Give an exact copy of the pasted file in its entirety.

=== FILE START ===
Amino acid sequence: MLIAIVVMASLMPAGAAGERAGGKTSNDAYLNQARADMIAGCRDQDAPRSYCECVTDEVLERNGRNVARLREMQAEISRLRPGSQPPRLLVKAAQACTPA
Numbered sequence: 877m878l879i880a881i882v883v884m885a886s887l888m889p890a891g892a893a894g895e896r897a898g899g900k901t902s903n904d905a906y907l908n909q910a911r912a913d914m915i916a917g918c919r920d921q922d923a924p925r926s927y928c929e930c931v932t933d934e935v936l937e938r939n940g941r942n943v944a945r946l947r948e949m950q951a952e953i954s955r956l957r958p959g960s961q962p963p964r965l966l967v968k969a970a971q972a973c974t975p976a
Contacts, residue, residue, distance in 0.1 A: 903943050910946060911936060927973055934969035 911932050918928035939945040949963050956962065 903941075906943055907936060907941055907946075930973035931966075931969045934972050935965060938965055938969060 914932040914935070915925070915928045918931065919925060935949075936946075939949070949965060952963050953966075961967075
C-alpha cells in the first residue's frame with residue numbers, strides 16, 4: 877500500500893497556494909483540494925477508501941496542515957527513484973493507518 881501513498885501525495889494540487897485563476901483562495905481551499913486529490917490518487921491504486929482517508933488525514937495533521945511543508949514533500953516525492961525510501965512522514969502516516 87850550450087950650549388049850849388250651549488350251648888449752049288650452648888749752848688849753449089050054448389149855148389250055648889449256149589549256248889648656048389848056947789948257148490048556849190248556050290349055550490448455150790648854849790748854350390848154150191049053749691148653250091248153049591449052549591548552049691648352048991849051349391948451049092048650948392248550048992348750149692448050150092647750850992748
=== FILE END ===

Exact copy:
Amino acid sequence: MLIAIVVMASLMPAGAAGERAGGKTSNDAYLNQARADMIAGCRDQDAPRSYCECVTDEVLERNGRNVARLREMQAEISRLRPGSQPPRLLVKAAQACTPA
Numbered sequence: 877m878l879i880a881i882v883v884m885a886s887l888m889p890a891g892a893a894g895e896r897a898g899g900k901t902s903n904d905a906y907l908n909q910a911r912a913d914m915i916a917g918c919r920d921q922d923a924p925r926s927y928c929e930c931v932t933d934e935v936l937e938r939n940g941r942n943v944a945r946l947r948e949m950q951a952e953i954s955r956l957r958p959g960s961q962p963p964r965l966l967v968k969a970a971q972a973c974t975p976a
Contacts, residue, residue, distance in 0.1 A: 903943050910946060911936060927973055934969035 911932050918928035939945040949963050956962065 903941075906943055907936060907941055907946075930973035931966075931969045934972050935965060938965055938969060 914932040914935070915925070915928045918931065919925060935949075936946075939949070949965060952963050953966075961967075
C-alpha cells in the first residue's frame with residue numbers, strides 16, 4: 877500500500893497556494909483540494925477508501941496542515957527513484973493507518 881501513498885501525495889494540487897485563476901483562495905481551499913486529490917490518487921491504486929482517508933488525514937495533521945511543508949514533500953516525492961525510501965512522514969502516516 87850550450087950650549388049850849388250651549488350251648888449752049288650452648888749752848688849753449089050054448389149855148389250055648889449256149589549256248889648656048389848056947789948257148490048556849190248556050290349055550490448455150790648854849790748854350390848154150191049053749691148653250091248153049591449052549591548552049691648352048991849051349391948451049092048650948392248550048992348750149692448050150092647750850992748